SACRAMENTO, Calif. - More vaccines are headed to California’s vast Central Valley, an agricultural region whose workers and residents have been hard hit by coronavirus, Gov. Gavin Newsom said Monday.
The multi-county region, which includes the cities of Fresno and Bakersfield, will get significantly more vaccines this week dedicated to farmworkers. The shifting allocation comes as California moves to inoculate others beyond health care employees in other essential jobs, including food and farm workers and teachers.
California had been distributing doses based on the estimated number of health care workers and seniors in each county, but is revising its formula as it moves through its planned vaccination tiers.
The state also will take 34,000 doses from a pharmacy that wasn’t using them quickly enough and distributing them to food and agricultural workers through 11 new mobile clinics in the Central Valley, Newsom said.
The clinics will be set up to ensure vaccines get to people who don’t have transportation to a mass vaccination site or can’t navigate the sign-up portal, including in the small city of Arvin, southeast of Bakersfield, where Newsom spoke.
"These are the folks that never took a day off, these are the folks that never complained, these are the folks that wake up every single day and (are) there for the rest of us so we can go about our lives," Newsom said. "It’s not just Californians who benefit, it’s the folks all across this country and around the world."
The governor has made equitable access to the coronavirus a priority, saying the state hasn’t done a good enough job reaching low-income people in neighborhoods, largely Black and Latino, hit hard by the pandemic.
To better reach those populations, California on Sunday began transitioning to a distribution system run by insurance giant Blue Shield, starting in the Central Valley. All vaccine providers will now have to use a state website called My Turn to schedule vaccination appointments. Newsom acknowledged that "invariably there will be bumps along the road."
Arvin Mayor Olivia Trujillo appeared to get emotional as she talked about what it will mean for farmworkers to get vaccines in their home community.
"The fear is going to be taken away (for) them," she said.
Statewide, about 70% of all vaccine doses are now going to people age 65 and older, while the remaining 30% are split among educators, emergency service workers and farm and food processing workers, Newsom said.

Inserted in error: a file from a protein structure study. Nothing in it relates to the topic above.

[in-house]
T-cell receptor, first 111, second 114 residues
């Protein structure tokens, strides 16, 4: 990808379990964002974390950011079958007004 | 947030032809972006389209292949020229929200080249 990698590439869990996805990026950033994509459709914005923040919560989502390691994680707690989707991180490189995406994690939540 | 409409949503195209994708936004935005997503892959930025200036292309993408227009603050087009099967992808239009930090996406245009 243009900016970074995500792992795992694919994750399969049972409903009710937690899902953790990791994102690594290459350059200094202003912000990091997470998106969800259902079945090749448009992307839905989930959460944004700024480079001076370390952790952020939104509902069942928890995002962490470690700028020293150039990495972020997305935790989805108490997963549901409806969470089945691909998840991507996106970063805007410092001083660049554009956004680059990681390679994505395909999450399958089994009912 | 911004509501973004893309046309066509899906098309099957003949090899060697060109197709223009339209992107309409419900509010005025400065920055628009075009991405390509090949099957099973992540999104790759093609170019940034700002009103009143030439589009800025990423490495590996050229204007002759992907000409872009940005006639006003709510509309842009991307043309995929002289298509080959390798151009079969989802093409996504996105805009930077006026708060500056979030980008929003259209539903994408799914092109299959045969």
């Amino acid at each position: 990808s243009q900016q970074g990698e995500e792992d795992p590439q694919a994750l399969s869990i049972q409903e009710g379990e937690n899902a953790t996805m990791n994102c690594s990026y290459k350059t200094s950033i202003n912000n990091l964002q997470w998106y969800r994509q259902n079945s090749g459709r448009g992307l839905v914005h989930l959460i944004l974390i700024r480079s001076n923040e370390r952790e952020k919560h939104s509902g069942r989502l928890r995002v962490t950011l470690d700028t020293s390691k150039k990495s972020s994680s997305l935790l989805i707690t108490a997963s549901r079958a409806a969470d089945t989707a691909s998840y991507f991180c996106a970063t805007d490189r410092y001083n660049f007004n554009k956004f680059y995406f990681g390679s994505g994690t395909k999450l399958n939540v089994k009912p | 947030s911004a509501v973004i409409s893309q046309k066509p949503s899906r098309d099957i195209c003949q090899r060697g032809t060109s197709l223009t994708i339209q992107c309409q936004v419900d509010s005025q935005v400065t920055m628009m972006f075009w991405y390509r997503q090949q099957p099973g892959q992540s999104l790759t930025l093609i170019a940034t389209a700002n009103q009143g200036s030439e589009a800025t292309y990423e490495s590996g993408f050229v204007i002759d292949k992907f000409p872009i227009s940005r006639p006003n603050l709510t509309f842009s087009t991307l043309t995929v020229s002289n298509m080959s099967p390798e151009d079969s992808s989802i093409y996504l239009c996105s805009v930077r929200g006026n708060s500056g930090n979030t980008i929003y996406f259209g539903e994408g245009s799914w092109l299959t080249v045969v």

It’s not clear which pharmacy the 34,000 extra doses are coming from.
Newsom had previously re-allocated more than 170,000 doses from CVS Pharmacy to Kaiser Permanente. Half of the doses went to mass vaccination sites at Cal Poly Pomona and to the Moscone convention center in San Francisco, which paused vaccinations last week after running out of supply.
Newsom, a Democrat who is facing the threat of a recall election, spoke forcefully about his commitment to ensuring people in the region get resources needed to fight the virus. Kern and Fresno counties, which have a combined population of nearly 2 million, have higher positivity test rates than that of the state, at 10.5% and nearly 9% respectively, compared with 3.3% in the state overall.
Local officials had called on Newsom to visit, including Bakersfield Mayor Karen Goh, a Republican who joined him in Arvin. Newsom described himself as "not some guy from San Francisco who doesn’t give a damn about the Valley."
"We don’t have to agree on everything but damnit, I care about ... your kids, your family, your community."
Goh thanked Newsom for visiting and noted that residents there have higher rates of health problems that can exacerbate coronavirus treatment, such as asthma and diabetes.
Associated Press writer Janie Har in San Francisco contributed.